Transpersonal psychology is a whole-person (holistic) psychology which embraces the important role of self-transcendent states, mystical states, psychedelic experiences and other forms of non-ordinary states of consciousness. Of particular interest is the role of these self-transcendent states in fostering personal transformation, well-being and human flourishing. The application of these transpersonal principles can provide coaches with additional tools for supporting their clients towards personal growth and transformation.


Throughout history, human beings have described profoundly transformational and psychological experiences, both within and outside of a spiritual or religious context. These powerful and transformational experiences have been given many names or metaphors. Some of these include enlightenment, illumination, spiritual/religious/mystical experience, Nirvana, Satori, Moksha or awakening (Metzner (1980). These experiences, regardless of tradition or context, appear to share many characteristics, with self-transcendence as the most frequently cited (Taylor, 2015). In most cases these experiences are brief, lasting from only a few minutes to possibly a few days. However, as transpersonal coaches our goal should be to assist and encourage our clients through a process which leads to more permanent transformations of self. The Transpersonal Coach Jevon Dangeli describes this as “…transcending our normal sense of separateness and thereby cultivating a sense of interconnection is one of the key features of transformation, provided that the new state and perspective becomes an enduring one” (Dangeli, 2017).

Following a few sections where definitions of transpersonal psychology, transformation, awakening and self-transcendence are provided, I will outline two potential models of transpersonal coaching which may be suitable for creating permanent, transformative changes in client’s characterized by self-transcendence. The first to be discussed is the Modified GROW model by Law, Lancaster & DiGiovanni, (2010) and the second is the Integral Coaching Model (ICM) developed by Laura Divine and Joanne Hunt (Hunt, 2015). In the final section I will outline a few potential challenges faced by the transpersonal coach when dealing with this particular client population. Those who have had or are seeking transformative awakening experiences characterize by a permanent transcendence of self.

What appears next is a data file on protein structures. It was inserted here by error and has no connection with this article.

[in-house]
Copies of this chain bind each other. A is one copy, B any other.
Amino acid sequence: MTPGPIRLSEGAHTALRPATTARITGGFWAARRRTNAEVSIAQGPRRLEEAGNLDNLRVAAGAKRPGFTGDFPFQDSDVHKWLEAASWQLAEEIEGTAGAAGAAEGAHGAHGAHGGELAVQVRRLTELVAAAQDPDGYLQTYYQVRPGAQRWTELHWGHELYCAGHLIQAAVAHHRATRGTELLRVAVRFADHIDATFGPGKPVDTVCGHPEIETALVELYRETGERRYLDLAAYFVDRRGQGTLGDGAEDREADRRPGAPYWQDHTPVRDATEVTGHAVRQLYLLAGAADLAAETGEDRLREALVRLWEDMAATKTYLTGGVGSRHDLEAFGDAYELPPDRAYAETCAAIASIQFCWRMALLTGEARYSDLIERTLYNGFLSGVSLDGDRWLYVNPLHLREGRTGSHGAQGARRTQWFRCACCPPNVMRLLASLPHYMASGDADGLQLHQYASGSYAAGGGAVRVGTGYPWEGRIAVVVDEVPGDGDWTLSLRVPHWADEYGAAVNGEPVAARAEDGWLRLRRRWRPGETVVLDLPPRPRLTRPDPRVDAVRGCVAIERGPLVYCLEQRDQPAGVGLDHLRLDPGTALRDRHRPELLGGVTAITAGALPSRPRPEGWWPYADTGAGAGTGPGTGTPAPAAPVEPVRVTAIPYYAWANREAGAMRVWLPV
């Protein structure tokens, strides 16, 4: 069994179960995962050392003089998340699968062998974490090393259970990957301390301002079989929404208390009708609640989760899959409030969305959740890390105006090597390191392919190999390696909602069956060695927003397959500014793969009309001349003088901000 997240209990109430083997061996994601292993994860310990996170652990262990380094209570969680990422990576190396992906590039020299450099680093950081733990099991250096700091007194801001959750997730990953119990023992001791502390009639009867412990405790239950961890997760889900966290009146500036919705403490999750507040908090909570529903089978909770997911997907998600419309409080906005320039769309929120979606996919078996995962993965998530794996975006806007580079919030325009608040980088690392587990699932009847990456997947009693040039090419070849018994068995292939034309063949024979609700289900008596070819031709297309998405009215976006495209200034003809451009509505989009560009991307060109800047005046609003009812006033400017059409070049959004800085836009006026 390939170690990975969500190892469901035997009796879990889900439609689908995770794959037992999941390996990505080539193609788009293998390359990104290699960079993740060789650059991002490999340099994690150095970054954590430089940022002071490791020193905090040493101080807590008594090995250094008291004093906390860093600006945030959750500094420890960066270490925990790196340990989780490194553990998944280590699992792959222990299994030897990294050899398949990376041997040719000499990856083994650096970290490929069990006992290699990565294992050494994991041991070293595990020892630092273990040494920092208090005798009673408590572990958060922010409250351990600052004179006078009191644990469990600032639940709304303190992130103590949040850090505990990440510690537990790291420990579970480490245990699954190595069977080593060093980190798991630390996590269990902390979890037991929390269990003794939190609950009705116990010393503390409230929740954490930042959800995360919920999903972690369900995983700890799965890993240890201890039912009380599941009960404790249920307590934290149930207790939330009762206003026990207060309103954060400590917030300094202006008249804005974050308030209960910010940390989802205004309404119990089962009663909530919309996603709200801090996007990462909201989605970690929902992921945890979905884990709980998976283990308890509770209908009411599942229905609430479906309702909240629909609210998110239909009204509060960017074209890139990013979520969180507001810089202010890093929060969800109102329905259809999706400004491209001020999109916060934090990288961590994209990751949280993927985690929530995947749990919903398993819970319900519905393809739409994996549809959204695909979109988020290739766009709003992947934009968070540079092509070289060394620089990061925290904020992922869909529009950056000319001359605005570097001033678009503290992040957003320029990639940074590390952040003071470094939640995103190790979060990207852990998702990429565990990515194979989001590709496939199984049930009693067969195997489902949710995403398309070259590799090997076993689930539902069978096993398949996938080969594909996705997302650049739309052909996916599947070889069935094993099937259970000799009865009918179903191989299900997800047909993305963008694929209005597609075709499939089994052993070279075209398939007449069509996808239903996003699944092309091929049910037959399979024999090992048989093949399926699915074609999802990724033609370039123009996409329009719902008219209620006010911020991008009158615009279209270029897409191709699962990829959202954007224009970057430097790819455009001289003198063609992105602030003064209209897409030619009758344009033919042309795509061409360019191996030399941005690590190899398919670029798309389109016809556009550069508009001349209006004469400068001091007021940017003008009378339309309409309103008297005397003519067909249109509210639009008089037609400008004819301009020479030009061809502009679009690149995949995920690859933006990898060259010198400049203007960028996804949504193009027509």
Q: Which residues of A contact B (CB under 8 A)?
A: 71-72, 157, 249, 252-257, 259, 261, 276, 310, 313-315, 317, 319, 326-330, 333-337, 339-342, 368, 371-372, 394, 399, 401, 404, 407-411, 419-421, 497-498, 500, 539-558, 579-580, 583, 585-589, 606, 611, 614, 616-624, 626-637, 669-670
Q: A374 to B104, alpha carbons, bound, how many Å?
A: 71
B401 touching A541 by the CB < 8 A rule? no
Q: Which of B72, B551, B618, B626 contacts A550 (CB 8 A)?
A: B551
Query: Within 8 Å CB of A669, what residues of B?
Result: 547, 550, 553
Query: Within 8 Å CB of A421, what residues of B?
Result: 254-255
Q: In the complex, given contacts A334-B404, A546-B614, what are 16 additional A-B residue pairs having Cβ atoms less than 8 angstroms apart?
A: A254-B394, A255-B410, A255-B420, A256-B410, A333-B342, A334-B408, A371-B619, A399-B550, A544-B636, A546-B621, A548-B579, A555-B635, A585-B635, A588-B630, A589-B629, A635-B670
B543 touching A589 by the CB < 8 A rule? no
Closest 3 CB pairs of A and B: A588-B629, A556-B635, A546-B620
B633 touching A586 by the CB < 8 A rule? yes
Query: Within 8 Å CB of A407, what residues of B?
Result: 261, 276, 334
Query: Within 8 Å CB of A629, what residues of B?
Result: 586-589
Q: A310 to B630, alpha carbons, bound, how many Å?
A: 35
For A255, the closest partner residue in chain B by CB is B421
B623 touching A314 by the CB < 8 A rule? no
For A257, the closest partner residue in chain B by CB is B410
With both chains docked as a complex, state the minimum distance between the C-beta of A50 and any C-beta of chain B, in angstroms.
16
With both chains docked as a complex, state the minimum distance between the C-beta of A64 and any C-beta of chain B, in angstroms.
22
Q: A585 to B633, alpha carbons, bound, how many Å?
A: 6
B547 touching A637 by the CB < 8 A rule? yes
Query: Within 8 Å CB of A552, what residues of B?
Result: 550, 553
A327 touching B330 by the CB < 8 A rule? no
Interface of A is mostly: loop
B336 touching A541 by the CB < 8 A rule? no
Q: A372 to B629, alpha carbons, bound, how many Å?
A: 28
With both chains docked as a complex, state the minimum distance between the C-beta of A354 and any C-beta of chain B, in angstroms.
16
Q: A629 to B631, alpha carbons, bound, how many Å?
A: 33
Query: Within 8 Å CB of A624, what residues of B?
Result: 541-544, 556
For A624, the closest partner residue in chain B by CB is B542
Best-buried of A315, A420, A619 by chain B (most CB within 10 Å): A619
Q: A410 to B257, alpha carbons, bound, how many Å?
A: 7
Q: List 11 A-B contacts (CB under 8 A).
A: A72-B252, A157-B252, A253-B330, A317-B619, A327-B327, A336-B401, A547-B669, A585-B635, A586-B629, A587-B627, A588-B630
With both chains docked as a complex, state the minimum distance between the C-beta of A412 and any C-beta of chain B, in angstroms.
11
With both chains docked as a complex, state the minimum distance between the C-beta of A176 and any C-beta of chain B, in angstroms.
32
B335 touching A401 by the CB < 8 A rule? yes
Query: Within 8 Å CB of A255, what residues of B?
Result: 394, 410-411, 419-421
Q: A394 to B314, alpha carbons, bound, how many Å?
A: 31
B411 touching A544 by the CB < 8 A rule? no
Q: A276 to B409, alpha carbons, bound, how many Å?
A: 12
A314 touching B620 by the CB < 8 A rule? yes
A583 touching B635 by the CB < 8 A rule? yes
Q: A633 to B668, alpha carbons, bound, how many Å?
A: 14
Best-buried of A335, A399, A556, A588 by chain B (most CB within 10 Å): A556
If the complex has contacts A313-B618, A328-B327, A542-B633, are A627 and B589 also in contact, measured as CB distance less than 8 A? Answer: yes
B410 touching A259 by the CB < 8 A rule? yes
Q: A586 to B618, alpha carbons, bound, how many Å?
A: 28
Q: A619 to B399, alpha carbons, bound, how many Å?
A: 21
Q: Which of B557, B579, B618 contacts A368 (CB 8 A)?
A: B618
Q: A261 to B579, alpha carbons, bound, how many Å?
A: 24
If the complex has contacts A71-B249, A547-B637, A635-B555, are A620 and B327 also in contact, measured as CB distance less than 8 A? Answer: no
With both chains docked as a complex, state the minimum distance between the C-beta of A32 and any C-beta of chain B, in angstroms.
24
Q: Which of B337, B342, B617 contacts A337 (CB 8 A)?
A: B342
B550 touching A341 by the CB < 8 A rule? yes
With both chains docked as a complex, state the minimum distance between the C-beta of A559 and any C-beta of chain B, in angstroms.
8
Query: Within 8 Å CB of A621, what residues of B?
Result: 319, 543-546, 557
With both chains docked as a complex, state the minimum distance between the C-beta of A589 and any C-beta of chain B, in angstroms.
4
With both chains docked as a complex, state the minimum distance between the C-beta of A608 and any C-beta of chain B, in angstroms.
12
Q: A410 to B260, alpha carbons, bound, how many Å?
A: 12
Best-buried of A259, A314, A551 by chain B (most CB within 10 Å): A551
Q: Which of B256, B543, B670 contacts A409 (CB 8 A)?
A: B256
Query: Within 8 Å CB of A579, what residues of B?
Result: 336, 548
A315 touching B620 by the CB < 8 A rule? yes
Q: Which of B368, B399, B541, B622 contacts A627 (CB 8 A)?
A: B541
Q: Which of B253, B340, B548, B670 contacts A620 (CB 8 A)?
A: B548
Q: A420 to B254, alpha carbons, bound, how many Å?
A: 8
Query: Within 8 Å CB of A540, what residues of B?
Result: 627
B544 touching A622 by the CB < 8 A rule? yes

“The renaissance of interest in Eastern spiritual philosophies, various mystical traditions, meditation, ancient and aboriginal wisdom, as well as the widespread psychedelic experimentation during the stormy 1960s, made it absolutely clear that a comprehensive and cross-culturally valid psychology had to include observations from such areas as mystical states; cosmic consciousness; psychedelic experiences; trance phenomena; creativity; and religious, artistic, and scientific inspiration.” ~ Stanislav Grof

What is Transpersonal Psychology?

Transpersonal (beyond-ego/self) psychology — also known as the Fourth Force of psychology — has been around formally for over 50 years and has roots in the humanistic psychology movement of the 50’s and 60’s. Although the field was formally established around 1967, the term “transpersonal” was first used in print by William James in 1905 and the role of spiritual, self-transcendent and exceptional states of consciousness in human psychology and wellness, date back even further.

Transpersonal psychology — sometimes called “spiritual psychology” or the “psychology of spirituality” — is the evolution of the humanistic and person-centered psychology movement popularized by Abraham Maslow and Carl Rogers in the middle of the 20th Century. Walsh & Vaugh, (1993) define the transpersonal as “experiences in which the sense of self extends beyond (trans) the individual or personal to encompass wider aspects of humankind, life, psyche or cosmos” (p. 203). After reviewing over 200 citations in the literature, Lajoi & Shaprio (1992) defined transpersonal psychology as being “concerned with the study of humanity’s highest potential, and with the recognition, understanding, and realization of unitive, spiritual, and transcendent states of consciousness” (p. 91).

Transpersonal psychology is also a whole-person (holistic) psychology which embraces the important role of self-transcendent states, mystical states, psychedelic experiences and other forms of non-ordinary and exceptional states of consciousness in fostering personal transformation, well-being and optimal human flourishing. These exceptional and self-transcendent or awakening states have also been linked to increased altruism, compassion and other pro-social behaviours, begging the question, can transpersonal psychology save the world?

Awakening & Transformation

Awakening Experiences

Most religious/spiritual traditions have one or more terms or metaphors used to describe a subjective, transcendent and transformational experience (Metzner, 1980) which alters one’s perception, awareness, consciousness and is thought to represent our “ultimate nature” (Welwood, 2002). As mentioned in the introduction, a few examples of terms used to describe these experiences include Nirvana, Buddha Mind, Satori and Moksha. When these experiences occur in a religious, spiritual or mystical context they may be labeled respectively as a religious experience, spiritual experience or mystical experience. In order to avoid definitional challenges with words like “spiritual”, “religious” or “mystical”, or the implied religious connection to an experience which has been found to occur more often outside a religious/spiritual context (Taylor, 2012), the more generic term “awakening experience” is used to describe these experiences both within and outside a religious/spiritual context.